Here’s how COVID-19 is changing the face of commercial real estate

Workers are expected to come back in force in the coming months as COVID-19 restrictions are lifted across Arizona, and many employers are configuring exactly how to get everyone back to the office – or not. One of Arizona’s leading real estate attorneys, Jay Kramer of Fennemore craig, spoke to Chamber Business News about what to expect as well as tips for employers on how to move forward.

The first challenge will be to motivate employees to come back to the job sites, Kramer said.

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Jay kramer

“People haven’t been in the office for a while and in Phoenix, you can take a 40 minute to an hour round trip,” said Kramer, partner of Fennemore, which is headquartered in Phoenix. “If they come back to the office and just walk into a cubicle or close their office door, that might not be a reason to come back. So we need to make it more enjoyable, more a community environment that is conducive to collaboration and socialization, as well as providing quiet spaces for people to work.

Now that the Centers for Disease Control (CDC) have lifting of restrictions, Kramer predicts that employees will be back in force by the end of the year.

Kramer offered his projections for the future and some advice:

Short and long term projections

In the near term, the commercial office market will remain bumpy and Kramer advises staying flexible for now.

“I think there is going to be a first instinctive reaction: ‘How do we reduce the space? “He said.” Most businesses will be in a hybrid environment and wonder why they need as much space as they have with only 50% of their employees in the office on any given day. “

Longer term, more office space may be needed due to the need for more collaboration space, social spaces, quiet spaces, and zoomed-in conference rooms, he said.

“In fact, we might need just as much space or extra space because of all of these experiential demands that we will need to get people back to work in the office. “

Big head offices could become more obsolete

Expect large corporate headquarters to disappear in favor of closer regional satellite offices to provide more travel convenience for staff, Kramer said. Many offices will also need to be “re-imagined” to make them more attractive and attract staff a few days a week or more.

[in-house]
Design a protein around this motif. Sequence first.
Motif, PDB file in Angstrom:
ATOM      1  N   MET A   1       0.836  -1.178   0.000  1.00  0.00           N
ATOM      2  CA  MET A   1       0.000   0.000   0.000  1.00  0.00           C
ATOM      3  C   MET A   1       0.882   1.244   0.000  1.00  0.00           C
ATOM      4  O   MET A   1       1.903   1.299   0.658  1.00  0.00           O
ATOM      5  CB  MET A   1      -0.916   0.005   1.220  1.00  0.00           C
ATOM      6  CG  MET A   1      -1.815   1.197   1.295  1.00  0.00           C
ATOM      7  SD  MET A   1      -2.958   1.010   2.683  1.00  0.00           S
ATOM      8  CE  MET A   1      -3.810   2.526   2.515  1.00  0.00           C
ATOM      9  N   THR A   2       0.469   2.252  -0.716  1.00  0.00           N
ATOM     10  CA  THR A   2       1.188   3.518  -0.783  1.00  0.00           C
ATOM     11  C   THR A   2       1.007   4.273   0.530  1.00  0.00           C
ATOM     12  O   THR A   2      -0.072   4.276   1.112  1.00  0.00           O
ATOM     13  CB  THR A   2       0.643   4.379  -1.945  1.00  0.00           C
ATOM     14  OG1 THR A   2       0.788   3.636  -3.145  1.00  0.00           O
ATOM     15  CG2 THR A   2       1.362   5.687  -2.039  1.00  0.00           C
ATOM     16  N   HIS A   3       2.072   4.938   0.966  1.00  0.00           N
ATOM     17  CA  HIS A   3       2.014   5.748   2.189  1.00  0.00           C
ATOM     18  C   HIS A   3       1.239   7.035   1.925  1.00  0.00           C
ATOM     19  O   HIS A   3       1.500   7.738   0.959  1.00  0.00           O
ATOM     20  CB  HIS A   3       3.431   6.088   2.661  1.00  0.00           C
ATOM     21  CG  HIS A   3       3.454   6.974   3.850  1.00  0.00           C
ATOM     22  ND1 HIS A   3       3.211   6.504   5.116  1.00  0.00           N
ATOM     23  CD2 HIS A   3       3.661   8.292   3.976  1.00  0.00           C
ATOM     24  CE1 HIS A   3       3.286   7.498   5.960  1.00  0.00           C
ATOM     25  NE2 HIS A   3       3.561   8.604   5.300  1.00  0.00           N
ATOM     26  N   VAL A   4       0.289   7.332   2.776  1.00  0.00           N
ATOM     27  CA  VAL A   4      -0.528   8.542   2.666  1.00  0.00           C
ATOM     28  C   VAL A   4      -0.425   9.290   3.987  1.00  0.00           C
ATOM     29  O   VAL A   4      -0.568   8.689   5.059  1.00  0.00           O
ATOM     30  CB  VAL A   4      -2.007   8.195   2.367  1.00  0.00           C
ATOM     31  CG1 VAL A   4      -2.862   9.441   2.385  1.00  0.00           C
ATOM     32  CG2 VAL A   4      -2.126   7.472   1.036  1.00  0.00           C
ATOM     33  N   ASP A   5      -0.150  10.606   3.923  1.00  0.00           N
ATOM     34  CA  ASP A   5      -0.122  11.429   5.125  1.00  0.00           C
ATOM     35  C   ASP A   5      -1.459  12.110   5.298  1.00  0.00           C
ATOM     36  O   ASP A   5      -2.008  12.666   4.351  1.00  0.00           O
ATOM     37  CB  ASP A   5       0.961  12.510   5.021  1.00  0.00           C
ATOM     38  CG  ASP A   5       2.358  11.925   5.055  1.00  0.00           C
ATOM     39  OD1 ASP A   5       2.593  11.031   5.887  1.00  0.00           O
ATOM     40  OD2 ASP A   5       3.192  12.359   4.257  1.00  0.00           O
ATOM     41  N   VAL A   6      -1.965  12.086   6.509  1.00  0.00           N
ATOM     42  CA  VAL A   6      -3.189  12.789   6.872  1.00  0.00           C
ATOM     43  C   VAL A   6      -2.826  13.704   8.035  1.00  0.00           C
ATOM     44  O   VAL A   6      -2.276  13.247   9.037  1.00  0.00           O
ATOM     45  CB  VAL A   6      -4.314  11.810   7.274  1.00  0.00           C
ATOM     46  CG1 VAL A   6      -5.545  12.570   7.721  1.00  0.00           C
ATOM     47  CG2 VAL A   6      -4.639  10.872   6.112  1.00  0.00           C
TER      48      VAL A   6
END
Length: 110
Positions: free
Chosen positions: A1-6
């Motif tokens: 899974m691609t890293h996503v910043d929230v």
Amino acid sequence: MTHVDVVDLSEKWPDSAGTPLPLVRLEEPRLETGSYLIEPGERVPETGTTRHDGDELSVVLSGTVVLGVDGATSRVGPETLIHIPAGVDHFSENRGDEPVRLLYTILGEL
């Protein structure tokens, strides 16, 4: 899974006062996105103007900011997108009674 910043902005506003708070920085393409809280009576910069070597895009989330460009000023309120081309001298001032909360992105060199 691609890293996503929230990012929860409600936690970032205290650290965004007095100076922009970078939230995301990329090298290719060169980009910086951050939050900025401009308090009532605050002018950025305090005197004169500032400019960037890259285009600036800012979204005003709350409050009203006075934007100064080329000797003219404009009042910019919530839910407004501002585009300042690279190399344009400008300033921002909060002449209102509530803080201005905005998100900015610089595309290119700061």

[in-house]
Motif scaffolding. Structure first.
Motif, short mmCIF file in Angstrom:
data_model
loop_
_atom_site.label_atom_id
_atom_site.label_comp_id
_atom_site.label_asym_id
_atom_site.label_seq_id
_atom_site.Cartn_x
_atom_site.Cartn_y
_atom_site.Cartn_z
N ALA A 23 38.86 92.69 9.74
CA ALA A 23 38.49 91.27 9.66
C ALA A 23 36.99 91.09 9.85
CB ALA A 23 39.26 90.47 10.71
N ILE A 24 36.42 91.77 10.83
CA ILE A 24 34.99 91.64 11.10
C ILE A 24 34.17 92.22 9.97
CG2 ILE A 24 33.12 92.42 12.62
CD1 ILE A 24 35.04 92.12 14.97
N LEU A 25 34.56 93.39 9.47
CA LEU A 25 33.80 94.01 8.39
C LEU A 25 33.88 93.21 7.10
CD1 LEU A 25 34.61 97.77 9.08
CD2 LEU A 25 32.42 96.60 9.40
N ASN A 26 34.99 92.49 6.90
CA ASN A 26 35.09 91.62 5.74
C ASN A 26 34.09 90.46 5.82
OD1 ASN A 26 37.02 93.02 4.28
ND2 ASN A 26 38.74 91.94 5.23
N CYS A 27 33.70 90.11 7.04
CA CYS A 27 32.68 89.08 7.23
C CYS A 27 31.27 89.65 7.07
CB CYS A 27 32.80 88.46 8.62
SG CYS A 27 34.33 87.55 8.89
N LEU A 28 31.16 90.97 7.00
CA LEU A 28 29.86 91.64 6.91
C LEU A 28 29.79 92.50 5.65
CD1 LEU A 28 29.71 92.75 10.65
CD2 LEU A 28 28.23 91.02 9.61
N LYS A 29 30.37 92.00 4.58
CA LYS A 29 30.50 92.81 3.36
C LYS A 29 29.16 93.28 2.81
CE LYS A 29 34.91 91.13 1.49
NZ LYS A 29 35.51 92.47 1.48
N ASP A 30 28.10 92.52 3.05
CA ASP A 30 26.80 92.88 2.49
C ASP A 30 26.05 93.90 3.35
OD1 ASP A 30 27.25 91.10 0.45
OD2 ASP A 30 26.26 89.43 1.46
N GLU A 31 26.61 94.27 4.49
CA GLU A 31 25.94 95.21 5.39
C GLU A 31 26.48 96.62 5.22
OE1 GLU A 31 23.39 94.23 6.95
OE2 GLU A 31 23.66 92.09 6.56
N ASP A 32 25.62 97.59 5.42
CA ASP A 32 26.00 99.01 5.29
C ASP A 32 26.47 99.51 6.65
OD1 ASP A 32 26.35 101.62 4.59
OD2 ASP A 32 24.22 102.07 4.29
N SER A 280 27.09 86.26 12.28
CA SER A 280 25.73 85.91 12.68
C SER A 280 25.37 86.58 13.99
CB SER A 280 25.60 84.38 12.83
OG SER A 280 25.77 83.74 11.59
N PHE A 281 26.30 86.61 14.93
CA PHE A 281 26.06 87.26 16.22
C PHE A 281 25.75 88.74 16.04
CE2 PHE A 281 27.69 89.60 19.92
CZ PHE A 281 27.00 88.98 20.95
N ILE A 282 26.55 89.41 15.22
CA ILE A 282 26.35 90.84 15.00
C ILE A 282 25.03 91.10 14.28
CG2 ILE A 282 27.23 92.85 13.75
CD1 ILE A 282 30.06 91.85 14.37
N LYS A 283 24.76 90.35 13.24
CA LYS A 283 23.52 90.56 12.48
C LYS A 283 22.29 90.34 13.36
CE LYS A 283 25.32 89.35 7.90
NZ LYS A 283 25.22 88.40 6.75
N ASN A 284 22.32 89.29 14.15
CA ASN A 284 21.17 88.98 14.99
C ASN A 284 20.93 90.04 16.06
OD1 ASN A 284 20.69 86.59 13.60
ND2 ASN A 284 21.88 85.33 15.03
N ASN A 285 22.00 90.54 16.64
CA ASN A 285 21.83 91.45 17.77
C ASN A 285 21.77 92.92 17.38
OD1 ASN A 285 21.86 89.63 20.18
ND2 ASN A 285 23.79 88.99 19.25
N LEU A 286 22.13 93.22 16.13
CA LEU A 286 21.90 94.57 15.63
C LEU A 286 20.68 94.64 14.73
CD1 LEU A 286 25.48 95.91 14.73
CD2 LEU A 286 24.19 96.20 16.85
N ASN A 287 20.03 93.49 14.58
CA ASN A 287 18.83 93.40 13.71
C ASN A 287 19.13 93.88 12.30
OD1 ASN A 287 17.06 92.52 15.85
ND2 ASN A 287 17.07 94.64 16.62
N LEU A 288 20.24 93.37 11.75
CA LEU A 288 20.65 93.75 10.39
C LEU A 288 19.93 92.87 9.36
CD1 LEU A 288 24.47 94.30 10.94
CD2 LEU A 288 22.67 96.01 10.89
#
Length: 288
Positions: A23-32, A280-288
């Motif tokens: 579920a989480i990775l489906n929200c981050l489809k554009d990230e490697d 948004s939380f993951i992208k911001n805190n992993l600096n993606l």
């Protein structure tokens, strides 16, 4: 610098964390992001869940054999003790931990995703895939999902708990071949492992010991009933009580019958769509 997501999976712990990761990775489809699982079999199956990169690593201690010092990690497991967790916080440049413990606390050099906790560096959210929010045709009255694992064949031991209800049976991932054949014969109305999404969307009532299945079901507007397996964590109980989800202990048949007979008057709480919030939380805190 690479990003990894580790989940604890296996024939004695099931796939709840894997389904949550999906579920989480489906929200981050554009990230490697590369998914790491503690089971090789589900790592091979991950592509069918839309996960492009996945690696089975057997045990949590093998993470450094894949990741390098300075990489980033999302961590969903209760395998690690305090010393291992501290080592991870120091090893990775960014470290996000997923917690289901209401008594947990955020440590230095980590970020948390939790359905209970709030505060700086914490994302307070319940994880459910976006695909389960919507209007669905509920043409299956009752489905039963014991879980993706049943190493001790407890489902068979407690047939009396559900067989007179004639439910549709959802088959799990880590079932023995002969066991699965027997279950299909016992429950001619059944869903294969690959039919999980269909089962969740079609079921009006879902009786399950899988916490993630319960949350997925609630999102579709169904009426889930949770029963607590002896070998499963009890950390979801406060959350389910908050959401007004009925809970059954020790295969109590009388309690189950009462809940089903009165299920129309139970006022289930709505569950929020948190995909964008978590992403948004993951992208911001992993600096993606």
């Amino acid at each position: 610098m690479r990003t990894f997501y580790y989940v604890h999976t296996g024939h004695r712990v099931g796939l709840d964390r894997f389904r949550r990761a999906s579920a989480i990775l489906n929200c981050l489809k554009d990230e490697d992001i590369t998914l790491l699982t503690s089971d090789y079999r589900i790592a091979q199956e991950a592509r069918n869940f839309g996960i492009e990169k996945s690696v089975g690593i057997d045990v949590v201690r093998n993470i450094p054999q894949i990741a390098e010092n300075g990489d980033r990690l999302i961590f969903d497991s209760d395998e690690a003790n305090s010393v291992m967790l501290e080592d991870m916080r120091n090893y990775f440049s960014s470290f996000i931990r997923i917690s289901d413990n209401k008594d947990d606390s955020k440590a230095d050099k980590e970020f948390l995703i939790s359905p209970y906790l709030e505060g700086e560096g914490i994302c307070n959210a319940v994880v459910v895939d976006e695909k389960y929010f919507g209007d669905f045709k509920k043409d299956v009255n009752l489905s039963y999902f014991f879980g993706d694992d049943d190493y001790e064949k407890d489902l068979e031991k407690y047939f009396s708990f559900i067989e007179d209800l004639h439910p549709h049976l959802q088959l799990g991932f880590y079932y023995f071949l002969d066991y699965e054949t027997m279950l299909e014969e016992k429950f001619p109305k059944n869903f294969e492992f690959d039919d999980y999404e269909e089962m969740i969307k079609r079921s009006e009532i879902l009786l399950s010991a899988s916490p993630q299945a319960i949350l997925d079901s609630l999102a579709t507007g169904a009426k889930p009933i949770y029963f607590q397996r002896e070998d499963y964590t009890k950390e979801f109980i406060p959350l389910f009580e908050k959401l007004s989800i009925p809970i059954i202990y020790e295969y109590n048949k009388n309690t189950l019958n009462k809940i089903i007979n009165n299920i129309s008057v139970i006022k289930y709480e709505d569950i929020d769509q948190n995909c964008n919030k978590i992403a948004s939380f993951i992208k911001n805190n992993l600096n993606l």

“Instead of having a big head office located downtown or 24th and Camelback, one approach might be to have two or three smaller offices around the valley, closer to where they are. find your employees so they have a place to go to be a sense of camaraderie, community and firmness, ”said Kramer. “But at the same time, limit travel and limit exposure to large numbers of people.”

It’s time to think about flexible rental options for the future

Over the past 14 months, many large businesses have been able to keep their mortgages and leases in 2020 as they have been able to reduce other expenses associated with running an office by up to 20%.

In the future, CFOs may need to consider reducing the costs of existing leases through vehicles such as subleasing. Now is a good time to start thinking about how to renegotiate leases to incorporate the flexibility needed for expansion and contraction.

“It’s very difficult to change your lease during the term of the existing lease unless you have negotiated options for contraction, expansion or early termination or something along those lines,” Kramer said. “So most of us are going to continue to have to live with our current offices. “

Overabundance of sublets right now

With everyone trying to sublet right now, it can be difficult to find tenants. Businesses may find that they have to renovate their offices to survive.

“The key issues are going to be flexibility and that means the ability to contract and expand your space, to have options to extend your term but also to have the ability to contract out your lease,” Kramer said.

Recognizing that government warrants or ordinances may limit the number of employees who can be in the office, more emphasis will be placed on force majeure provisions and leases and possibly conviction.

Tenants are currently in a “leverage” position

Right now the leverage is with tenants, which means landlords will be more likely to work with a flexible lease and other terms.

“So if you have a lease that is expiring, you can normally review your lease 18 months before the expiration date, but you might want to start looking three years in advance now and see if there is anything. thing you can do. “

The residential real estate boom will benefit the commercial market

With the real estate market on fire in the valley, expect the commercial real estate industry to benefit as well.

“With more people, you would assume that more businesses, whether small or large, will start up here or potentially move their head office or regional headquarters to the region. “

As people move to the area, more “knowledge-based” businesses and higher wages will follow.

“The next five years in the Valley will be good times for the real estate market. There will probably be some ups and downs, but I think overall the trend will be very positive. “

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